default None The default value for this item
env_name name.upper() The name to search in the environment
description None Description of the item
long_description None Long description of the item, will support Markdown in the future
required True Specifies if the item is required to exist
cli_short_name None One-character command-line shortcut
cli_name None An alternate name to use on the command-line
cli_choices None List of possible values for the item from the command-line
previous_names None List of previous names an item had
previous_defaults None List of previous defaults an item had
items None Nested item definition for use by list or dict type items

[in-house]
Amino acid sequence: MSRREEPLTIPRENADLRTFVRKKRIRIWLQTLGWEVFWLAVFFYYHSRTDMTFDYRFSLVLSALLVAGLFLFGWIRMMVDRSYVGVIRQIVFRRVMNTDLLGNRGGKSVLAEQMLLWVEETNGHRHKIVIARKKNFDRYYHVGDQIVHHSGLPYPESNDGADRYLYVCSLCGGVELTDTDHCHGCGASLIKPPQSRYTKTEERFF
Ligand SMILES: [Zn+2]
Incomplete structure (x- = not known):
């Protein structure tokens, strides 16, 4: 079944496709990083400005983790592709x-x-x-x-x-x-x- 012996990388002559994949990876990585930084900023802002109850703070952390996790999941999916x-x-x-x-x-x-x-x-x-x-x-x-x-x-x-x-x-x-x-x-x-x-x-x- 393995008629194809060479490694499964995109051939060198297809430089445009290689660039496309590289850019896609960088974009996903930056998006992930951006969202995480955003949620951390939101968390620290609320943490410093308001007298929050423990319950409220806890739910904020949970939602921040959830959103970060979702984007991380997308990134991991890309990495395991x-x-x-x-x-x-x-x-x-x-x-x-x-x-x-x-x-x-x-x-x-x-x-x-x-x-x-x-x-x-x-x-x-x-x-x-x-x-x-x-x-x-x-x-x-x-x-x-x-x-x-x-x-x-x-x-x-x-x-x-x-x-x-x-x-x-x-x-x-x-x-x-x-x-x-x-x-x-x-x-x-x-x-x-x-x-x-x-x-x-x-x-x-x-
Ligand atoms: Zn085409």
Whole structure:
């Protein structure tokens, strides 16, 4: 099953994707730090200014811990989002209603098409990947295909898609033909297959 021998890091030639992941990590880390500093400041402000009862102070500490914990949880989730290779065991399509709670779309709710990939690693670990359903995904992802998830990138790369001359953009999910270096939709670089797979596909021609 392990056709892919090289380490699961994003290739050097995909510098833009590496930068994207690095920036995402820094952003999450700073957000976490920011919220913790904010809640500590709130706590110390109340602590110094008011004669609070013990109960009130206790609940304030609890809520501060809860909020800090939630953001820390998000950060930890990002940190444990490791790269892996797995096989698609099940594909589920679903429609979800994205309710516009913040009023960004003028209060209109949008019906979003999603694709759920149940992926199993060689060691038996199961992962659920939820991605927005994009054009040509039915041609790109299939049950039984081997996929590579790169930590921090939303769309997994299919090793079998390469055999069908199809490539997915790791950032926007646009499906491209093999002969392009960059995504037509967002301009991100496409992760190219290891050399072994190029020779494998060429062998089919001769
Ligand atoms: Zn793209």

cli_expose True Specifies if this item should be added to arguments on the command-line (nested list are always False)
separator . The separator to use for dict type items (useful for previous_names)
bootstrap False A flag that indicates this item needs to be loaded before others can be loaded
format_env True A flag to determine if environment variables will be all upper-case SNAKE_CASE.
format_cli True A flag to determine if we should format the command-line arguments to be kebab-case.
apply_env_prefix True Apply the env_prefix even if the environment name was set manually. Ignored if format_env is False
choices None A list of valid choices for the item. Cannot be set for dict items.
alt_env_names [] A list of alternate environment names.
validator None A custom validator function. Must take exactly one value and return True/False.
fallback None A fully qualified backup name to fallback to if no value could be found
watch_target None A function to call if the config item changes (you must call spawn_watch for this to take effect.